About a decade ago, when prepaid debit cards were new, they quickly earned a reputation as fee-laden plastic marketed mainly to the “unbanked” or the “underbanked” — people whose credit histories or mistrust of financial institutions made them poor candidates for traditional banking services. While the cards were (usually) an improvement over paying check-cashing services and having to buy money orders to pay bills, the fees were substantial.
But if that’s the last you heard of prepaid cards, it may be time to take another look.
Large, mainstream banks have gotten into the game — with much more consumer-friendly terms. While some prepaid debit cards still carry high fees, that’s not true of all of them. As a result, these cards have become much more popular, and many parents have found them to be a convenient way to provide an allowance or emergency cash for older kids.
But what if you have solid credit and you don’t have allowance-age kids? You still might benefit. Here are some unusual ways a prepaid card might be useful to you:
1. Protecting an elderly or disabled loved one
Sometimes credit card bills are an early — and costly — symptom of cognitive decline. But do you really want to take someone’s plastic (and feelings of independence) away? A prepaid card that allows you to set up and monitor subaccounts could be the answer. You could load enough funds for expected expenses, and sign up for mobile alerts. Thus, if all is well, it’s a non-intrusive way to make sure things stay that way. Unusual activity could tip you off to a lost card or to someone attempting to defraud a vulnerable older relative.
2. An all-expenses (pre)paid vacation
Anticipating a vacation is part of the fun. And if you’re putting aside money from every paycheck, chances are you’re daydreaming about that holiday, too. Add to that the happiness you’ll feel when you know your vacation spending is already paid for; you won’t be getting a bill. Caveat: Keep your PIN in a secure place (and not written on the back of the card!) and quickly report to customer service if it’s lost or stolen to limit your financial liability. And, as with a credit card, you should have a backup.
3. Mobile check deposit
If you watch commercials where people take a snapshot of a check with their phone to deposit it — and you have to find a deposit slip, envelope and stamp to get your deposit to your credit union — you may want to consider getting a prepaid card with mobile banking that includes mobile check deposit.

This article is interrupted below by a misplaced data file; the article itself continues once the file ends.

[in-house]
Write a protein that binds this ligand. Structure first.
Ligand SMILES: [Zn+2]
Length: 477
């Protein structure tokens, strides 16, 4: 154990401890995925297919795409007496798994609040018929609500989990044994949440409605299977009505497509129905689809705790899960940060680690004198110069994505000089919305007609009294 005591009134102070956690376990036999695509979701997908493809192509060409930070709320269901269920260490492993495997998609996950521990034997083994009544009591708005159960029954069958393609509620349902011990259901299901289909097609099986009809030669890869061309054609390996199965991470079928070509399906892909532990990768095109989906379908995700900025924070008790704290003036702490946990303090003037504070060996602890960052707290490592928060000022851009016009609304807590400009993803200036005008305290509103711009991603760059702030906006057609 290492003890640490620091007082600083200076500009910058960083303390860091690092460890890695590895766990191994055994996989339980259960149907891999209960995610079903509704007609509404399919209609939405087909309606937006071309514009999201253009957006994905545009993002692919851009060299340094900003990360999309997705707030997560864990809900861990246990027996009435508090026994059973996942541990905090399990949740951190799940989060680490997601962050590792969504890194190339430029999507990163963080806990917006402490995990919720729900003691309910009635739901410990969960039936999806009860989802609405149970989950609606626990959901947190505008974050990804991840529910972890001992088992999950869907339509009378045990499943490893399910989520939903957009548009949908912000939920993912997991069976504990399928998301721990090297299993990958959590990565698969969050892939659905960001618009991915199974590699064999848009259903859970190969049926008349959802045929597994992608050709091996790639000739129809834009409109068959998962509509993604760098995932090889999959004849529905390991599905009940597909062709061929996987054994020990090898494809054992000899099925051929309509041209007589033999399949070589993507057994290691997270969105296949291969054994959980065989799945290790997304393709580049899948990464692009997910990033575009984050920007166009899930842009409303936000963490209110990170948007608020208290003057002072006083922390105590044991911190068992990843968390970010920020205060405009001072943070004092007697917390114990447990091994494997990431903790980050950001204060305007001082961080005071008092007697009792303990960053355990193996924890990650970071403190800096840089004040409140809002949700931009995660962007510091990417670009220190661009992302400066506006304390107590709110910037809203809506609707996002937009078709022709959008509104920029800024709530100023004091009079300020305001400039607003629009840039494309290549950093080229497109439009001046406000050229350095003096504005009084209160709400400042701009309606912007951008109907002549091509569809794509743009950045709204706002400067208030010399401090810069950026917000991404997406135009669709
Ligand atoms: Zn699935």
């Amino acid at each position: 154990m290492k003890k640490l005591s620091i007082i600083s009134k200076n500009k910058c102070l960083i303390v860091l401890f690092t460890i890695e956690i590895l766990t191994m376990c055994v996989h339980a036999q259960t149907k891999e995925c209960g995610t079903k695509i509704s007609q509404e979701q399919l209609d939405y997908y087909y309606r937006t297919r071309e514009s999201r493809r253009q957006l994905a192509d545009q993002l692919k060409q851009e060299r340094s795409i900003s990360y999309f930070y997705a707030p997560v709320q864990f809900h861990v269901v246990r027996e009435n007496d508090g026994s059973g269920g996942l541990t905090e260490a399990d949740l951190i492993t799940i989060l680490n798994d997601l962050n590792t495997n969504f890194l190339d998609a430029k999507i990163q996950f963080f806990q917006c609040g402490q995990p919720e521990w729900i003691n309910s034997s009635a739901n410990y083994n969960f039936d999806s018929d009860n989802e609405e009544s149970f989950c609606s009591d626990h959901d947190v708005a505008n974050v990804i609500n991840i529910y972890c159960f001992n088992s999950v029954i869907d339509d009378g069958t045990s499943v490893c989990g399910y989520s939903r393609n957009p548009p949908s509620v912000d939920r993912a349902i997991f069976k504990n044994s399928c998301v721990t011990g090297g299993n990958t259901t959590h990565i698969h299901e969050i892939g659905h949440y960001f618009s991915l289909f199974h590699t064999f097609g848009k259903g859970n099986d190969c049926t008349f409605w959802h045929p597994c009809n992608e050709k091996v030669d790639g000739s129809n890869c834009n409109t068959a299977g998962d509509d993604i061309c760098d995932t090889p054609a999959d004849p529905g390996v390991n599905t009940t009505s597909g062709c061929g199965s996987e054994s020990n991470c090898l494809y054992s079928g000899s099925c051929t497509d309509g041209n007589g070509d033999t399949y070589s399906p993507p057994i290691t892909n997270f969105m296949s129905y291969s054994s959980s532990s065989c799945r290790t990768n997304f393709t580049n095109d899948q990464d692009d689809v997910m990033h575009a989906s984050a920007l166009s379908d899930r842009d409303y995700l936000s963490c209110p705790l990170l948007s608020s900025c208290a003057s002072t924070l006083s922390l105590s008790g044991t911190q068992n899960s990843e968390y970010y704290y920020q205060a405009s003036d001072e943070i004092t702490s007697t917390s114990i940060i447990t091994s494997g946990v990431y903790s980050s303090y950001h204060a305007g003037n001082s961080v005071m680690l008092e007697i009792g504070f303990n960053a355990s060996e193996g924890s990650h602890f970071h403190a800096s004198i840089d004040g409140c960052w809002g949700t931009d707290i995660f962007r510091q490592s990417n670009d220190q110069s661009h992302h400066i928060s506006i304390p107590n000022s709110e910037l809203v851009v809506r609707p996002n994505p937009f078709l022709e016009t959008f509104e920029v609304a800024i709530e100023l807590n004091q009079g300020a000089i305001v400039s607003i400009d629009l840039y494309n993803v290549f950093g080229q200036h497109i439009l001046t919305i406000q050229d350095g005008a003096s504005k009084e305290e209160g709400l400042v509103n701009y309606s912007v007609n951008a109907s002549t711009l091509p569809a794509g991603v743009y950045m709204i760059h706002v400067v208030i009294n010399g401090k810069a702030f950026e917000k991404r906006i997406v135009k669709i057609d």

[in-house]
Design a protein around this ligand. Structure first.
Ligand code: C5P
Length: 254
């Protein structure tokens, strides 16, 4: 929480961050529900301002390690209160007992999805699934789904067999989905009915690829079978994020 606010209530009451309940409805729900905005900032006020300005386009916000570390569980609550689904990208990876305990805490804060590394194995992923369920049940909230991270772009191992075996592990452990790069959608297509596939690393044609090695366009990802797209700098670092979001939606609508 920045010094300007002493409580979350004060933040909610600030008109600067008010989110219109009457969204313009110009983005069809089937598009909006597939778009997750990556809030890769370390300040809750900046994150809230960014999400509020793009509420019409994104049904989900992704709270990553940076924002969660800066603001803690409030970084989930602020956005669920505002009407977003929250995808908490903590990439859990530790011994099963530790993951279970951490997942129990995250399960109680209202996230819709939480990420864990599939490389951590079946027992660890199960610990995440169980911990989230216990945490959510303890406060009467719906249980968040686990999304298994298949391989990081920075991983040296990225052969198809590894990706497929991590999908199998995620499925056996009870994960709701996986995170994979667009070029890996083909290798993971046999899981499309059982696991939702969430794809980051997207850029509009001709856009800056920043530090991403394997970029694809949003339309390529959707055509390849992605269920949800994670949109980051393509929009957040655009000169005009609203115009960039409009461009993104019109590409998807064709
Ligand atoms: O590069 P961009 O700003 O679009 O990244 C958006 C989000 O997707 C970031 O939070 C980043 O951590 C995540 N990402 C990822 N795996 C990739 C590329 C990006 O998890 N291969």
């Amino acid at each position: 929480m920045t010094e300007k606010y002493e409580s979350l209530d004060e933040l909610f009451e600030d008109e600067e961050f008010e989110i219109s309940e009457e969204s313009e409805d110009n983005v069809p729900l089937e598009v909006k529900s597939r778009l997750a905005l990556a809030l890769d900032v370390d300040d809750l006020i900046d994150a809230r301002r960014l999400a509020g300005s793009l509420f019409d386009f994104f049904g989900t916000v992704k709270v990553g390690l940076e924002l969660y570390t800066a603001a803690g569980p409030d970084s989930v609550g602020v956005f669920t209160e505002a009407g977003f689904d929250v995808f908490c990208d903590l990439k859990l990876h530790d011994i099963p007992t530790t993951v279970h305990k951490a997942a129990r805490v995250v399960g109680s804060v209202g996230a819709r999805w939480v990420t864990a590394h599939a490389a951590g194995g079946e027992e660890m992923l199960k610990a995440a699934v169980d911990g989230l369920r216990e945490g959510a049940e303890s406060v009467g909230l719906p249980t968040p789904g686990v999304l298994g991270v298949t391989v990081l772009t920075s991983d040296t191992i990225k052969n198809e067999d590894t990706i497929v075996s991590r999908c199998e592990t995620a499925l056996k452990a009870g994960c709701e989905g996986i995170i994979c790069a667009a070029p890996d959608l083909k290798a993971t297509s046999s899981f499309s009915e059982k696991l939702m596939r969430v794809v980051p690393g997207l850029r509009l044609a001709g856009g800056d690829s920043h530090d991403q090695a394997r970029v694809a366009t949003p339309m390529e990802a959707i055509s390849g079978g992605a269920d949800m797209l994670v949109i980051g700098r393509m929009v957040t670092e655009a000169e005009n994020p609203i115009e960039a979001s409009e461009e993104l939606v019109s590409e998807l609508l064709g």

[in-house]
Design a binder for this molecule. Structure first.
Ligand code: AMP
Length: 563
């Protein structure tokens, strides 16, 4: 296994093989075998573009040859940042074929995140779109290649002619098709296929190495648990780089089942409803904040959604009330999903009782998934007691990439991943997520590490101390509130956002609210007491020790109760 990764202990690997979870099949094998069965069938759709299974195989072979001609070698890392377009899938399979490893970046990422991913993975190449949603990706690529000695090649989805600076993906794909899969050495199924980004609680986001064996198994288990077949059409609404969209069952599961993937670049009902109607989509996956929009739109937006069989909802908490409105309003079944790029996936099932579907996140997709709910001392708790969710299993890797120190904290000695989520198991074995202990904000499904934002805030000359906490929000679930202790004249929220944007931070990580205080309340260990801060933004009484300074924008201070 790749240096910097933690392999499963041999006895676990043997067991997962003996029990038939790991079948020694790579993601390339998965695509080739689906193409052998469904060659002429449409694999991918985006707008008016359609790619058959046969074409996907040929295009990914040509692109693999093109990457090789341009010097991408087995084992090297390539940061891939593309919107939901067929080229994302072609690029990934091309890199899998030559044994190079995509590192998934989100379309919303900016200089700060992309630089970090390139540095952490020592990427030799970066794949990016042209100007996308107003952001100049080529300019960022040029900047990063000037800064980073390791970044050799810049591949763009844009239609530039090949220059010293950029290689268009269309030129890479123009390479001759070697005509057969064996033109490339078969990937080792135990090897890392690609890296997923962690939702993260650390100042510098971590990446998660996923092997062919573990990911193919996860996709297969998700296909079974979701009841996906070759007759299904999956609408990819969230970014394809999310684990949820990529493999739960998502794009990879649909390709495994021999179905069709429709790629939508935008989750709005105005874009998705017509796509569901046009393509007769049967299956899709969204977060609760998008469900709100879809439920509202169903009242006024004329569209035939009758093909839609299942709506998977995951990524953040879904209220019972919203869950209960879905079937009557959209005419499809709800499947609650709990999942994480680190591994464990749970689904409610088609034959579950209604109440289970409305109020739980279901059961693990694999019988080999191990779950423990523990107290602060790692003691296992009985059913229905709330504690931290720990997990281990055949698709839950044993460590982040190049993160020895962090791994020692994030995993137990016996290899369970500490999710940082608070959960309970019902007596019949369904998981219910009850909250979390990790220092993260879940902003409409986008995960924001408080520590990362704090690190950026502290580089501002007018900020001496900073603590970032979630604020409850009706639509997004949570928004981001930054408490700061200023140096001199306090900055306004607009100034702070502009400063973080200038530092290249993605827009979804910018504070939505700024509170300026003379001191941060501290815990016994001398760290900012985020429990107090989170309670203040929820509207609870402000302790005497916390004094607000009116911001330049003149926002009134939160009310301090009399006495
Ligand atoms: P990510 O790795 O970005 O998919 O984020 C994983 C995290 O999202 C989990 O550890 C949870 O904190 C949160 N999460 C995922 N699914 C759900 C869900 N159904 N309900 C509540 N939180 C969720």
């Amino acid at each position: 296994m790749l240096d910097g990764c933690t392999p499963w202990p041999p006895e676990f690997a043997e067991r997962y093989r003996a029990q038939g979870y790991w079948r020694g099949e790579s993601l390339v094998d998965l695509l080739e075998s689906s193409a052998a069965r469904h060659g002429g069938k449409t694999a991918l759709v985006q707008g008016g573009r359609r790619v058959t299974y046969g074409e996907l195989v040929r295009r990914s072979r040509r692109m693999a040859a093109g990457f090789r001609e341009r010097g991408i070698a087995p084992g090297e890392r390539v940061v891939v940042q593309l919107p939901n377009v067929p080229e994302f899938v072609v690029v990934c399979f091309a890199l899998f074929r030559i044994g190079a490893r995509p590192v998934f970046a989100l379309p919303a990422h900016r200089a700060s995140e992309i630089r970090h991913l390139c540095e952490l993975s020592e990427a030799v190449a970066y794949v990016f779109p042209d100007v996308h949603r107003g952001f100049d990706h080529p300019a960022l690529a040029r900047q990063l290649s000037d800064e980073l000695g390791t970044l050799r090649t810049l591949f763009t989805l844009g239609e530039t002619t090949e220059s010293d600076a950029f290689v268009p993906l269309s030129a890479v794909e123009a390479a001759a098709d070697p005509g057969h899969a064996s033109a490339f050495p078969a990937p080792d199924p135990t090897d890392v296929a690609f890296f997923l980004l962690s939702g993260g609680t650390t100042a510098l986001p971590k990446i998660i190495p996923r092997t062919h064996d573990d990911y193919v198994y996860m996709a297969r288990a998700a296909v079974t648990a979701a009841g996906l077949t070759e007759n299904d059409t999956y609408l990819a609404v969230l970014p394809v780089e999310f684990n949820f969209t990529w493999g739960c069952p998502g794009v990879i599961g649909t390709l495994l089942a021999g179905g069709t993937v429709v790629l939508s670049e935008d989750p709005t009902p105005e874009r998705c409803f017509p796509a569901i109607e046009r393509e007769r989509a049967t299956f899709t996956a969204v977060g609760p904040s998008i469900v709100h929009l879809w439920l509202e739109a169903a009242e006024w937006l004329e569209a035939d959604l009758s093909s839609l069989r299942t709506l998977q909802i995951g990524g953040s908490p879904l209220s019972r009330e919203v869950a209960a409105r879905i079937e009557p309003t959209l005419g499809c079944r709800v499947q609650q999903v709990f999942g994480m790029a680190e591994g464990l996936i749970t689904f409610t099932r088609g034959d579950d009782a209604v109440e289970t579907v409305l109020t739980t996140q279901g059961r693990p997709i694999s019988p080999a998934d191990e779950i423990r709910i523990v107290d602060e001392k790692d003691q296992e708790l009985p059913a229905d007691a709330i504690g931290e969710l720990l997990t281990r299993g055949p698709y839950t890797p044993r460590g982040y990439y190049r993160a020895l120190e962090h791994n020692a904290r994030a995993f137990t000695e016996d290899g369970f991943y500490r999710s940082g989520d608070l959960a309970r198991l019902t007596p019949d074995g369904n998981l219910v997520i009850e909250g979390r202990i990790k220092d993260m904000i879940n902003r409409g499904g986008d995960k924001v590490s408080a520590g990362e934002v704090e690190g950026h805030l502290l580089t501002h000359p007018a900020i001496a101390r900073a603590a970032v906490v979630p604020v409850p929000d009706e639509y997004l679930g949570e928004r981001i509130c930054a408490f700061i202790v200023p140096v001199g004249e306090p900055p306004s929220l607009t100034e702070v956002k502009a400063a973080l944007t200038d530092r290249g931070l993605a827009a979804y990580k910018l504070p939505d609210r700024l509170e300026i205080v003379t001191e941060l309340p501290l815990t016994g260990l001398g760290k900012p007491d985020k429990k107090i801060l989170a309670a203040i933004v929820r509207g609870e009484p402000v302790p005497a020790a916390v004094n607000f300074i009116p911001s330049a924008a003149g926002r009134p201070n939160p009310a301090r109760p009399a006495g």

4. Controlling spending
A debit card can act as a virtual envelope system. If you are trying to cut down on grocery expenses, for example, put the amount you intend to spend on a prepaid card, and don’t take another means of paying with you to the store. Knowing that the card will be declined if the total exceeds the amount on the card can be a powerful incentive to stick with your good intentions. Likewise, if your weakness is shopping online sales, set a monthly amount and keep your prepaid card beside your computer.
5. Helping an addict in recovery
There is now a card (called Next Step) that allows you to set merchant restrictions (no bars, liquor stores or casinos, for example) and to restrict ATM use. It can help someone in recovery avoid compulsive and impulsive spending.
6. Avoiding foreign transaction fees
If you travel, you may already know that foreign transaction fees can nibble away at your spending power. A 3 percent fee is typical, but a few prepaid debit cards don’t have a foreign transaction fee at all. So even if you normally use a certain credit card for rewards, you may come out ahead using a prepaid card when you travel.
7. Guarding your good reputation
Some credit cards take a look at where you are spending to get a read on how your personal economy is going (and whether your credit limit is appropriate). Shopping at a thrift store or buying used auto parts? Maybe you don’t want to give your credit card issuer the idea that you can’t afford to buy new.
Have you used a prepaid debit card? What’s attractive and not attractive about using them? Let us know on Facebook.
Disclosure: The information you read here is always objective. However, we sometimes receive compensation when you click links within our stories.